Land sales activity was flat the past few years, but that may soon change. The lower supply of farms for sale has been one of the factors that supported land values after the 2013 peak in prices paid for ag land. Farmers National Company reports seeing indications for increased land sale activity through to the end of 2021. Farmers National Company and its agents have already received an increased number of calls from landowners who are thinking about selling later in the year. The company says the main reason that will drive the current and upcoming sales decisions is that landowners are seeing a large and rapid run-up in land prices to levels last seen in 2013. The other reason that there might be more sales activity this fall is that a market doesn’t like uncertainty. Landowners are factoring in both the higher land prices and the uncertainty of future tax policy to make the call whether to sell now or keep the land.

Consumers Considering Health, Environmental Impacts of Food Post-COVID-19

Consumers are increasingly considering their health and environmental sustainability as they shop for food. The COVID-19 pandemic has accelerated the trend in the past year, according to a panel of experts participating in Farm Journal Foundation’s Speaker Series. Half of consumers have made changes to what they eat in the past two years to lead a more sustainable lifestyle, according to Michael Hughes of FMCG Gurus. Hughes says changes to consumption patterns include reducing food waste, eating more local and fresh foods, and making greater attempts to check the sustainability credentials of food companies. Tina Owens of Danone North America told the panel, “Consumers are looking even more than they were before the pandemic to play activist with their grocery dollars.” And Christine Daugherty of PepsiCo says consumer brands have a large role to play in driving sustainability. PepsiCo recently unveiled a set of Positive Agriculture goals, which aim to impact seven million acres of farmland and reduce three million tons of greenhouse gas emissions by the end of the decade.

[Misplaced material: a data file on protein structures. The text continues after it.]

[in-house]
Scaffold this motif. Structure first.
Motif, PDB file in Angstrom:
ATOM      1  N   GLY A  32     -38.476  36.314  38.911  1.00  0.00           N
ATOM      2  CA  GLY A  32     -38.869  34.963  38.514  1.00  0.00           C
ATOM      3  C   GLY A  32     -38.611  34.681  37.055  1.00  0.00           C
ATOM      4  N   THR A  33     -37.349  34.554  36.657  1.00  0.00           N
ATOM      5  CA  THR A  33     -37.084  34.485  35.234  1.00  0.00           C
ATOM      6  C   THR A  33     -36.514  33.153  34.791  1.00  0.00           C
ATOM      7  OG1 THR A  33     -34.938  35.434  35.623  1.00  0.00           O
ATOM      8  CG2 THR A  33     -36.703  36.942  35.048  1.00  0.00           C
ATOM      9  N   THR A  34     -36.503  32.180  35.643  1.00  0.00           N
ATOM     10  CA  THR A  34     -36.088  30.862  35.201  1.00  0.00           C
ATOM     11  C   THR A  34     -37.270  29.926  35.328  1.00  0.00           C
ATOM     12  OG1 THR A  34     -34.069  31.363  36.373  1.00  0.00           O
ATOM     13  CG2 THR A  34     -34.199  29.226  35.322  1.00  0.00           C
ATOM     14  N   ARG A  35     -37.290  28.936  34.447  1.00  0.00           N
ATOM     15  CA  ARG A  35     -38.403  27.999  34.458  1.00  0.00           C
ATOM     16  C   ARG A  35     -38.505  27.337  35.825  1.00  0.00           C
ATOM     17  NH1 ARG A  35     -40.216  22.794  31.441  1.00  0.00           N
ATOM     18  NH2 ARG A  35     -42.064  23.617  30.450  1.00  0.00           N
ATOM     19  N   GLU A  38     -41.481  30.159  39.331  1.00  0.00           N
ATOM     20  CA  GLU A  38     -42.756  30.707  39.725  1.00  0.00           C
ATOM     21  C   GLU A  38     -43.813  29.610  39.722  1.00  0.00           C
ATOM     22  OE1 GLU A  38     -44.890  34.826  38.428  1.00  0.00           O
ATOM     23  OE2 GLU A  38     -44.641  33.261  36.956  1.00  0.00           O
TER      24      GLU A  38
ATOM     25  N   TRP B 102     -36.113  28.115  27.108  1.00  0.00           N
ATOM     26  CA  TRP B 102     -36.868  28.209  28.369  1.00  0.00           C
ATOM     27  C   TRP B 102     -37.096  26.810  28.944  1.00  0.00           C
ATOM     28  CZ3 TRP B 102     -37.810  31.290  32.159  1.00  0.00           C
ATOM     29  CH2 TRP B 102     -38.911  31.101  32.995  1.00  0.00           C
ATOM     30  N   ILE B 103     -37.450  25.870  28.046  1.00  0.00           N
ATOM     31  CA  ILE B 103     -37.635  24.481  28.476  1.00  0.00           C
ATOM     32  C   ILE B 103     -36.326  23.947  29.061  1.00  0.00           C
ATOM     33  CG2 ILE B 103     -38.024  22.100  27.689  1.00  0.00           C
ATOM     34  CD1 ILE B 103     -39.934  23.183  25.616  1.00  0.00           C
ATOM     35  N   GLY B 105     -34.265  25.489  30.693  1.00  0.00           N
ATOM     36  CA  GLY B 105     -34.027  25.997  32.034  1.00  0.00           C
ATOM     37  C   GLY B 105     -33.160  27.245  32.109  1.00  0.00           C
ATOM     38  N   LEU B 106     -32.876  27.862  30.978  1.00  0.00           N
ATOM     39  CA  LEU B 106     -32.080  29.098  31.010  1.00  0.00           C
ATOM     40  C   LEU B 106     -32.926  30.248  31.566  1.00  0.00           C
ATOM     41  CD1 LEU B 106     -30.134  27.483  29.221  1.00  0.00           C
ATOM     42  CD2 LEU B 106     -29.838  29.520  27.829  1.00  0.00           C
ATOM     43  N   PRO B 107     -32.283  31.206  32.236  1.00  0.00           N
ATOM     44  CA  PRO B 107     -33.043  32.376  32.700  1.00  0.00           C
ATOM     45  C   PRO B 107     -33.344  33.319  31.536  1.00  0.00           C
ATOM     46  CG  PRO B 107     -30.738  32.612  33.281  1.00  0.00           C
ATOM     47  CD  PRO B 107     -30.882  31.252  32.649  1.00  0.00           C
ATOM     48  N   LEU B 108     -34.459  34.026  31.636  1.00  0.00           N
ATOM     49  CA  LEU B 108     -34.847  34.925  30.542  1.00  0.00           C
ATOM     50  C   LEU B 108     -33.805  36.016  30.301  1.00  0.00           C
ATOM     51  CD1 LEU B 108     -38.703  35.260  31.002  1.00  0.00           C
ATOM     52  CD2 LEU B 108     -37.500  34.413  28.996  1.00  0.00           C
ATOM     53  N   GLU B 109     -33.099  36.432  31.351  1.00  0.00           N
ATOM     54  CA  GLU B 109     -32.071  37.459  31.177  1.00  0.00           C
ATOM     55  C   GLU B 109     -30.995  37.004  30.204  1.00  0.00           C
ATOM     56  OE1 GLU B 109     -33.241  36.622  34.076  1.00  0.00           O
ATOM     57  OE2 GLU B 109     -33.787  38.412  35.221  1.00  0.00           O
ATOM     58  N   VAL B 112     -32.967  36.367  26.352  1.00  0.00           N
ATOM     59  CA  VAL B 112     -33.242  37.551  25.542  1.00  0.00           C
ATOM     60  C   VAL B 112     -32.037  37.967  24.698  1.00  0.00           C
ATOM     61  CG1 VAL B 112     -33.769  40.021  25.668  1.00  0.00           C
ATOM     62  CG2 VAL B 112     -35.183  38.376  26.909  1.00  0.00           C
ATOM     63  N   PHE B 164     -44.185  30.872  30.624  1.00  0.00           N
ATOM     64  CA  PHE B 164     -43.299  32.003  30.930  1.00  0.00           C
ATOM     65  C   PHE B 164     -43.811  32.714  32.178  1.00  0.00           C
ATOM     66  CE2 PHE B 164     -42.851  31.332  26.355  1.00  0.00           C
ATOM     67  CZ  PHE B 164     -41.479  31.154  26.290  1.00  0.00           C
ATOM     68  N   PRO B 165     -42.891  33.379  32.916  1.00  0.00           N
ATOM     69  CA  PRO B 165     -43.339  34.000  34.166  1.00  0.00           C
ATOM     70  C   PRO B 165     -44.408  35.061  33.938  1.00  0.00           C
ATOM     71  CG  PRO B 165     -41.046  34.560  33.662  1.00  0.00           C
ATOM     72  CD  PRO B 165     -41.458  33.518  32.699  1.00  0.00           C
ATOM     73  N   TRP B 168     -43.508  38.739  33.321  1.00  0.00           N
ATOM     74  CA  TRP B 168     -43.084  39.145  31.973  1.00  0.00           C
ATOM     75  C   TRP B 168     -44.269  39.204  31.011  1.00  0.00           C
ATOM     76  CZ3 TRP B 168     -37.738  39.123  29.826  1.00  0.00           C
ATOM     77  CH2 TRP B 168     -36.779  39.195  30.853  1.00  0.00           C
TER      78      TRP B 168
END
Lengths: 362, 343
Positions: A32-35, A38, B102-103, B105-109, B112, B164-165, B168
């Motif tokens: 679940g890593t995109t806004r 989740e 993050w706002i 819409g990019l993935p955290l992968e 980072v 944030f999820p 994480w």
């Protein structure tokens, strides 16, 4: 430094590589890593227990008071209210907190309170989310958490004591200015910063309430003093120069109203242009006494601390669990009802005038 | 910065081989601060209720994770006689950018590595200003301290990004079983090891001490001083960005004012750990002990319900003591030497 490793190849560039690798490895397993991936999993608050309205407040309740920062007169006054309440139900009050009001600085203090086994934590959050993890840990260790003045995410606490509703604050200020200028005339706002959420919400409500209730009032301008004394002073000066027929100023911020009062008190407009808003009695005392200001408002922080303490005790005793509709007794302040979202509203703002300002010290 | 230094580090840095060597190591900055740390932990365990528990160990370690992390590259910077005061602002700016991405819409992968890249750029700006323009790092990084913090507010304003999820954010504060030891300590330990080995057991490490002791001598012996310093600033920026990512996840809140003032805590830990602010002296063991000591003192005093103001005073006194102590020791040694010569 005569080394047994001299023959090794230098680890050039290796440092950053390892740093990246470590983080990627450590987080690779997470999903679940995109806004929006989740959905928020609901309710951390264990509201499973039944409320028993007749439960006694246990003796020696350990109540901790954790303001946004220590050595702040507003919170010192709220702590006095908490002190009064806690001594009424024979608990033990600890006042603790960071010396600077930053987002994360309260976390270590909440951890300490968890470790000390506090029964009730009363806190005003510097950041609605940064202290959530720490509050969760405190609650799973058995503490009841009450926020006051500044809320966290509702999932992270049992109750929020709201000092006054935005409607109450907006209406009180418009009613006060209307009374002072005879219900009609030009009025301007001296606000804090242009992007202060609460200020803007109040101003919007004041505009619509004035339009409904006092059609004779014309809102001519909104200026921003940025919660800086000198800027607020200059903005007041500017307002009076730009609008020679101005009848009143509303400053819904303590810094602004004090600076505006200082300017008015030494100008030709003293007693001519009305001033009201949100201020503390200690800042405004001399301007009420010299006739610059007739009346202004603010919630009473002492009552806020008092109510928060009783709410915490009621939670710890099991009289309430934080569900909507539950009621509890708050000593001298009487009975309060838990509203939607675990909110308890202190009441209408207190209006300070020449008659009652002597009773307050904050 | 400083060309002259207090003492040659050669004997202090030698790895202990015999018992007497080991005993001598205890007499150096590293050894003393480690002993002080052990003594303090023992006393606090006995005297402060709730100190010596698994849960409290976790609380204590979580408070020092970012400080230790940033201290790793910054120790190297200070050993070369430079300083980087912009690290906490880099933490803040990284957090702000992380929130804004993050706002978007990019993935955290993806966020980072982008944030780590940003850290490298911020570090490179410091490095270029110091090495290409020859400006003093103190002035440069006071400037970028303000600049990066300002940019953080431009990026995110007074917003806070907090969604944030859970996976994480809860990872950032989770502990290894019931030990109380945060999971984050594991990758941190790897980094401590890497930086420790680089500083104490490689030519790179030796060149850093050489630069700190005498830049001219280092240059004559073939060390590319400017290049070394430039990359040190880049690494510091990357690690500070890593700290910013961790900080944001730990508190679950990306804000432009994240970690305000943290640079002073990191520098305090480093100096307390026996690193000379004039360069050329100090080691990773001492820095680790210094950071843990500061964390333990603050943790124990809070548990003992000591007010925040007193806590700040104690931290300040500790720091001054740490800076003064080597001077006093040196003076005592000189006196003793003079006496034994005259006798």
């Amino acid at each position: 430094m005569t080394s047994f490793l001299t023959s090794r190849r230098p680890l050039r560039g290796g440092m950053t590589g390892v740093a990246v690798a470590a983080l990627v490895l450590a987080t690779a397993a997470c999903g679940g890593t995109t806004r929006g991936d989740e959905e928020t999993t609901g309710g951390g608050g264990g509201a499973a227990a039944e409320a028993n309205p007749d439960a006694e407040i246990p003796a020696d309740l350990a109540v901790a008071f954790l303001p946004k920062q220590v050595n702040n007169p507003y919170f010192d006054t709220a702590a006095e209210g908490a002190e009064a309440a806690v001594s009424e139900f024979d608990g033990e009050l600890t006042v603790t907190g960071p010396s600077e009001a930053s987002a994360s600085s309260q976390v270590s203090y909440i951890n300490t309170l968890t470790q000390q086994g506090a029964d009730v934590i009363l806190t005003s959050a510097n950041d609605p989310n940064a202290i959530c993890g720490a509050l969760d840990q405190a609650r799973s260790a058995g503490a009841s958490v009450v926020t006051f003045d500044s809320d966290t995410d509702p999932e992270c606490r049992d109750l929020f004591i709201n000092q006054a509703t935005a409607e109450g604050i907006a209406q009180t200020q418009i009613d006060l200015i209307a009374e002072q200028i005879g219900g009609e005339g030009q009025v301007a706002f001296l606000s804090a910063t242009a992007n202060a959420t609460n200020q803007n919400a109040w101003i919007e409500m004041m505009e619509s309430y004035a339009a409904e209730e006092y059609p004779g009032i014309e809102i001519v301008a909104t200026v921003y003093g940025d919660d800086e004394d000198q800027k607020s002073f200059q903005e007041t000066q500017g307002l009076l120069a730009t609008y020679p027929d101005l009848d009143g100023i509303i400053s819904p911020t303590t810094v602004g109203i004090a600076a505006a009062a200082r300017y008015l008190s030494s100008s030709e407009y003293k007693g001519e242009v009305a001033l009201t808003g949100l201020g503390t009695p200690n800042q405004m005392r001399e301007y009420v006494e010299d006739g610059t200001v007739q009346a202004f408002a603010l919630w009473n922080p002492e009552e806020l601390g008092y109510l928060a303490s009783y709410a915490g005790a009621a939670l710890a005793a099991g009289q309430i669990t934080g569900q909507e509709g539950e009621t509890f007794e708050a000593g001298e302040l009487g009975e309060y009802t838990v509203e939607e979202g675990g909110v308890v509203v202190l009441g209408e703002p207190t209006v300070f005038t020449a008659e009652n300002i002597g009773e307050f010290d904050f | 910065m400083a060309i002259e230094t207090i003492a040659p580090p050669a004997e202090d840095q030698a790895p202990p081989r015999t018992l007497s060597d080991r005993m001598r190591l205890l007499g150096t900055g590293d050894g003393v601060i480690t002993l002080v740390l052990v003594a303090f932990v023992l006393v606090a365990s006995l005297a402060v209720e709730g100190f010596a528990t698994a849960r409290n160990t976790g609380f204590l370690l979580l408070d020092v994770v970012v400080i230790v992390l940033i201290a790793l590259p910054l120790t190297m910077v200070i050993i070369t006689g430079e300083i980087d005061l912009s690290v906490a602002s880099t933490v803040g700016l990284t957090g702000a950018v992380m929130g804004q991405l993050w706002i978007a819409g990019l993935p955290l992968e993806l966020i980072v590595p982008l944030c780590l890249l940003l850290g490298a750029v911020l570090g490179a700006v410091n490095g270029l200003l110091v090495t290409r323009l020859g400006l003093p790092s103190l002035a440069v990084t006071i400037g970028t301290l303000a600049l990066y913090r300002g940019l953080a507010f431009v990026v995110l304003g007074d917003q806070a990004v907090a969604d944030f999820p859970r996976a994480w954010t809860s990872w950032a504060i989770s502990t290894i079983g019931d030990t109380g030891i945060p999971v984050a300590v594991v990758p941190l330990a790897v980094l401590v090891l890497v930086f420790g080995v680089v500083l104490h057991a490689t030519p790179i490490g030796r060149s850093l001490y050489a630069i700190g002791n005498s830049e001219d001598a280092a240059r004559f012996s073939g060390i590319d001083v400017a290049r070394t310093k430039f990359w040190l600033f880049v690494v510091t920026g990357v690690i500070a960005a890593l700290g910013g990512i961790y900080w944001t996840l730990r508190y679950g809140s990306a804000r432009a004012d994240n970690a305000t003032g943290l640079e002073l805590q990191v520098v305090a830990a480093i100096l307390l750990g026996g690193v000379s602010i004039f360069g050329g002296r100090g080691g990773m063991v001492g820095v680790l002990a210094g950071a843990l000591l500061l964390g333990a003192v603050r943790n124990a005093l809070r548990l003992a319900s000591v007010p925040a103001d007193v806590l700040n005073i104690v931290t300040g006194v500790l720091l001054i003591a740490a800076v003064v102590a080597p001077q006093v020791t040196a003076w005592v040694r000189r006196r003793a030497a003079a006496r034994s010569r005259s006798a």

USDA: World Food Gap to Narrow by 2030

The intensity of global food insecurity, indicated by a measure called the food gap, is projected to lessen over the coming decade in the world’s poorest regions. The improvement comes amid decreased incomes associated with pandemic-related drops in Gross Domestic Product, according to the Department of Agriculture. The food gap measures how much food is needed to raise consumption at every income level to meet the nutritional target of 2,100 calories per capita per day, a minimum intake to sustain a healthy and active lifestyle. For the four regions studied in the Economic Research Service International Food Security Assessment, the food gap in 2020 ranged from a low of 12 percent of the daily caloric target in North Africa to 20 percent in Sub-Saharan Africa. Income growth, along with relatively stable prices for major grains and lower population growth, are contributing factors to this improvement, However, the gap is 12 percent higher than earlier estimates reported by USDA after pandemic-related revisions.

SOURCE: NAFB News Service

By Tucker Allmer - The BARN

Tucker Allmer & the BARN are members of the National Association of Farm Broadcasting (NAFB), the Colorado FFA Foundation, the Colorado 4H Foundation, the Colorado Farm Show Marketing Committee, 1867 Club Board Member, Denver Ag & Livestock Club Member, the Weld County Fair Board, the Briggsdale FFA Advisory Council, Briggsdale 4H Club Beef Leader & Founder / Coordinator of the Briggsdale Classic Open Jackpot Show.